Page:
Chef Tommy McDonald, Seattle native and author of vegan cookbook Field Roast: 101 Artisan Vegan Meat Recipes to Cook, Share, and Savor shares 100 delicious, satisfying vegan recipes. McDonald is the head chef at Field Roast (founded in 1997 in Seattle), an artisan vegan grain meat and cheese company. We had the chance to chat with him last week for a Q+A about the cookbook, upcoming food trends in Seattle, and some of his favorite spots.
Seattleite: How did you get attracted the vegan and vegetarian space as a chef?
Tommy: My first exposure to real vegetarian cooking was in college at The Evergreen State College in Olympia. After a brief stint in Alaska, I moved back to Seattle and started working at PCC in the deli making tempeh tuna and kale salad. By the time I figured out the kitchen was where I wanted to be, I had already been exposed to seitan, tofu, soy milk, etc.
Years later, I started working at Field Roast because they were doing cutting edge, innovative, fresh, and exciting things. Field Roast took an approach to the space that was a complete 180 compared to what was out there in both flavor and texture.
David and the team at Field Roast talked a lot about the energy they put in to the food, and how much respect they had for the responsibility of making food and nourishing people. It felt like a right place right time scenario, and so far it has been.
S: Tell us about your cookbook, Field Roast: 101 Artisan Vegan Meat Recipes to Cook, Share, and Savor and what readers should expect.
T: The book has two parts to it, so it is kind of like two books in one. The first half shows you how to make plant based meat from scratch. Roasts, sausages, burgers, pate, they are all grain based and are modeled after the products that Field Roast sells in stores, but with some exciting twists, and new exciting flavors (smoked artichoke sausage anyone?). All the meats are grill-able, flavor-packed, and sure to impress your vegan friends and meat lovers.
The second half of the book is a melting pot of my favorite foods, all vegan-ized, and very reminiscent of our local melting pot of cultures. We do curry from scratch, grilled pizza, a killer bahn mi sandwich, and even delve into desserts. We wrote this book to help out all those folks who are enamored with food and flavor, but aren’t sure how to translate that to a fully plant-based approach.
S: What are some of your favorite recipes in the book?
T: The Khao Soi recipe is hands down my favorite. I am a total Andy Ricker fan boy and the first time I ever had this dish was at his restaurant in Portland. I had to figure out how to make it. The dish has so much dimension to it, from the crispy fried noodles on top, to the creamy coconut broth, and the fragrant curry, the flavors are a million miles away, but somehow so familiar.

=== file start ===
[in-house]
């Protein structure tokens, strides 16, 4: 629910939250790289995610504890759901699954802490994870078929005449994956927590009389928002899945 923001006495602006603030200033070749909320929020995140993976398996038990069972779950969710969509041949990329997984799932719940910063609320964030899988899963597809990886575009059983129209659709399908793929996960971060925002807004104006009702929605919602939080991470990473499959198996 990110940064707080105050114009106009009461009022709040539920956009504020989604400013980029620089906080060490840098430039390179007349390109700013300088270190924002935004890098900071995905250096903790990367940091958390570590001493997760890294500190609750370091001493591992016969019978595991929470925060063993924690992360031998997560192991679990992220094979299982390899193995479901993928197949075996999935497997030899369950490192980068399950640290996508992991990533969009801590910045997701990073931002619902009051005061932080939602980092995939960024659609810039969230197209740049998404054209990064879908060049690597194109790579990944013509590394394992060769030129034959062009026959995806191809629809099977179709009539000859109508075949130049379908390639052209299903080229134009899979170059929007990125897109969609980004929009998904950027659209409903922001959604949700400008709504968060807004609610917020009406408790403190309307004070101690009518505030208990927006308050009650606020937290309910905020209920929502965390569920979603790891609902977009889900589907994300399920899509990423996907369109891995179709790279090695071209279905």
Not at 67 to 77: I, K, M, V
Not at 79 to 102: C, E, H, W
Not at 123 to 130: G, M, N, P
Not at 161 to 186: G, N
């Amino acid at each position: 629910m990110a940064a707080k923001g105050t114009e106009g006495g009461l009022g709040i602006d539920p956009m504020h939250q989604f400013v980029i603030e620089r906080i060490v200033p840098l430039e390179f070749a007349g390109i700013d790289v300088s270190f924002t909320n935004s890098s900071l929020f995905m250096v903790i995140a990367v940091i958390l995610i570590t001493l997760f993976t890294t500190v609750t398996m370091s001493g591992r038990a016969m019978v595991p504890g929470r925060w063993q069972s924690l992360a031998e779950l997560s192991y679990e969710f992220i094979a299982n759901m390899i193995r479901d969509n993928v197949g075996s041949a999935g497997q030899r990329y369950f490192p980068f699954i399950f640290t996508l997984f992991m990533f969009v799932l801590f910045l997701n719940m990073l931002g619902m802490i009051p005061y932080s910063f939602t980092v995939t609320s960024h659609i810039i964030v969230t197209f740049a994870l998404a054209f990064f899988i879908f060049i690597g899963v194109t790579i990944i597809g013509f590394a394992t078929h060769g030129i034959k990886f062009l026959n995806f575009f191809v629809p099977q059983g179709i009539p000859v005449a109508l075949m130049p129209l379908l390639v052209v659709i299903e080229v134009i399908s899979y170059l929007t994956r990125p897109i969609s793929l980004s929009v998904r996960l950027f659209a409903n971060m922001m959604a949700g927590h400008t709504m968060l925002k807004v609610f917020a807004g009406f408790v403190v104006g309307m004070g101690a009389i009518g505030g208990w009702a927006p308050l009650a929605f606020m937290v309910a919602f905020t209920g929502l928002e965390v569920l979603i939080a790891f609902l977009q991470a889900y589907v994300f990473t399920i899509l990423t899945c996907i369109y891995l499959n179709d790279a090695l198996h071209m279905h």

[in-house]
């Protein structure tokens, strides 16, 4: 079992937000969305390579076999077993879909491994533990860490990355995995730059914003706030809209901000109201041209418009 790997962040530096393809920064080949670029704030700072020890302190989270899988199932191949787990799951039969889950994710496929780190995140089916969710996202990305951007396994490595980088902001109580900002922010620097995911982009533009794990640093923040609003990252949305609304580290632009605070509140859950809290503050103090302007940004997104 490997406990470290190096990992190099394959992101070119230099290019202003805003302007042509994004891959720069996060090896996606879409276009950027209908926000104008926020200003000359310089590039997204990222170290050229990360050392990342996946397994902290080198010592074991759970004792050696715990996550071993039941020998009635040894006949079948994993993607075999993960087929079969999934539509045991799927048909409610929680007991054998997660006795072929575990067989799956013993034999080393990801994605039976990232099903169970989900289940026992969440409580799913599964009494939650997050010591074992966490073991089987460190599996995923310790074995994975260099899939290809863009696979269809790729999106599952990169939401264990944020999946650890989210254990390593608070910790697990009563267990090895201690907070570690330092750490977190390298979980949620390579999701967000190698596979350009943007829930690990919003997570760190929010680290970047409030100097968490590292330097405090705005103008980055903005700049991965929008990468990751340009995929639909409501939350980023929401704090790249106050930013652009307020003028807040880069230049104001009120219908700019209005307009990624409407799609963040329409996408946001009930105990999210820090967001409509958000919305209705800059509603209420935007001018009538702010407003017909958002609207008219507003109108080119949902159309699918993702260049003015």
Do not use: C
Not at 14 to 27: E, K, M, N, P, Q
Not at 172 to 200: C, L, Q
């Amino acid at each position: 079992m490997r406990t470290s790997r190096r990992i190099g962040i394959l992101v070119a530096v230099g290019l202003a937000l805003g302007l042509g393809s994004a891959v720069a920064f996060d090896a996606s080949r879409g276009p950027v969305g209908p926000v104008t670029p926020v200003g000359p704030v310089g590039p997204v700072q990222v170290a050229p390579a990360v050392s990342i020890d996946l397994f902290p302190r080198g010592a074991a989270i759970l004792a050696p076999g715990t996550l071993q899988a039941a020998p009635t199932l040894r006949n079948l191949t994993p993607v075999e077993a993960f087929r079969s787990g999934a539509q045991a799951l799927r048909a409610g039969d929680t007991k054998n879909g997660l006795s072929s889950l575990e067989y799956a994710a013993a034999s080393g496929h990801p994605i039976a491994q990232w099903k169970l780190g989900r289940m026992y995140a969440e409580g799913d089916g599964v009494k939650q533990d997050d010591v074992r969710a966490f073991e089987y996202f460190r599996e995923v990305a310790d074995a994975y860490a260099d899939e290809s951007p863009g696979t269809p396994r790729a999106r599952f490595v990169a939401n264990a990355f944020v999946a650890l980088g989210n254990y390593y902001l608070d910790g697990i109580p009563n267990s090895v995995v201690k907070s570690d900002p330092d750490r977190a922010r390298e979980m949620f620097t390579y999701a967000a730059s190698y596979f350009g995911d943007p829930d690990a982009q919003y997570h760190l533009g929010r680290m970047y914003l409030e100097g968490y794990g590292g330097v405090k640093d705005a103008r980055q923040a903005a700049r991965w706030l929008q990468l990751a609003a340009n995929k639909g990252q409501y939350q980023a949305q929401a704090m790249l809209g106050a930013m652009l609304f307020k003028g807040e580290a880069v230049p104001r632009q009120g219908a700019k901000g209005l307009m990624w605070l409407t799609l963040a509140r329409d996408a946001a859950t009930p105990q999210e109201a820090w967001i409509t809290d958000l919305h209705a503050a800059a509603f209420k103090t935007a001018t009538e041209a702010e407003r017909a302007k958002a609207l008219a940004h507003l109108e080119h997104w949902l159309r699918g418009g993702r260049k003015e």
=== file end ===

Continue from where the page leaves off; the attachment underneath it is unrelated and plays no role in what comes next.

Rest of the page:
I also love the Glazed Squash Collar recipe, which is a shout out to Maneki, one of my favorite restaurants in Seattle. They make a broiled black cod collar that everyone swoons over, so I put my own twist on it and make “ribs” from a red kuri squash we glaze, broil, and serve with rice. It is so simple, and the star is the squash, but it’s good beer (or sake) drinking food!
S: What do you tell meat eaters who are interested in learning more about Field Roast’s vegan grain meat?
T: I hope you are hungry. The best way to learn about Field Roast is to eat it. All the flavors are familiar. You can grill it just like any other sausage or burger, and it’s meaty and satisfying. This is vegan meat for meat eaters.
Also, get the book! It’s beautiful, you can leave it on your coffee table, and everyone will think you are hip and give a damn about what you eat. That is the most important part—giving a damn about your health and your planet.
S: Are there any new food trends to watch for in Seattle this year?
T: People have a new love affair with plants, so get ready to see all your favorite chefs figure out how to shift the center of the plate to the garden. Local produce is so excellent, and if you ever need a good reminder, just take a trip down to Socio’s in the market and ask them what’s good.
I’m loving hummus. Aviv Hummus Bar on Capitol Hill is awesome and has brought the Israeli hummus bar scene to Seattle and some of the best falafel I’ve ever had. I also love pastry and bread, so I’m pretty jazzed about all the awesome doughnuts, cakes, and rustic bread that is starting to populate storefronts throughout the city. Gluten is back!
I hope Seattle can support some more Afro-inspired cuisine, because I love Ethiopian food, the Senegalese restaurant in Columbia City is awesome, and Pam’s Kitchen is the only Trinidadian spot in the city, so we need more!
S: I read that you “strongly encourage people to make every meal a special occasion.” I love that! Do you have any tips on how to do that?
T: Sit down, take a second, stop looking at your stupid phone, and appreciate everything that went in to bringing that food to your plate. Meals are also a great time to connect with people, to nourish your body with fuel, and nourish your mind with a conversation.
S: What are some of your favorite restaurants in Seattle?
T: Boat Street Cafe is a dream and completely under appreciated. They make food that is so good and so simple, it will make you miss France with every bone in your body. Windy City Pie is bad for my waistline, but I just can’t stop. Tsukushinbo is the best sushi place in Seattle, and Sho is a master at his craft. Dahlia Lounge is the restaurant that made me want to be a chef when I ate there as a teenager, and even with all the new restaurants, and after all these years, they still hold it down with excellent service and the best pie you’ve ever had.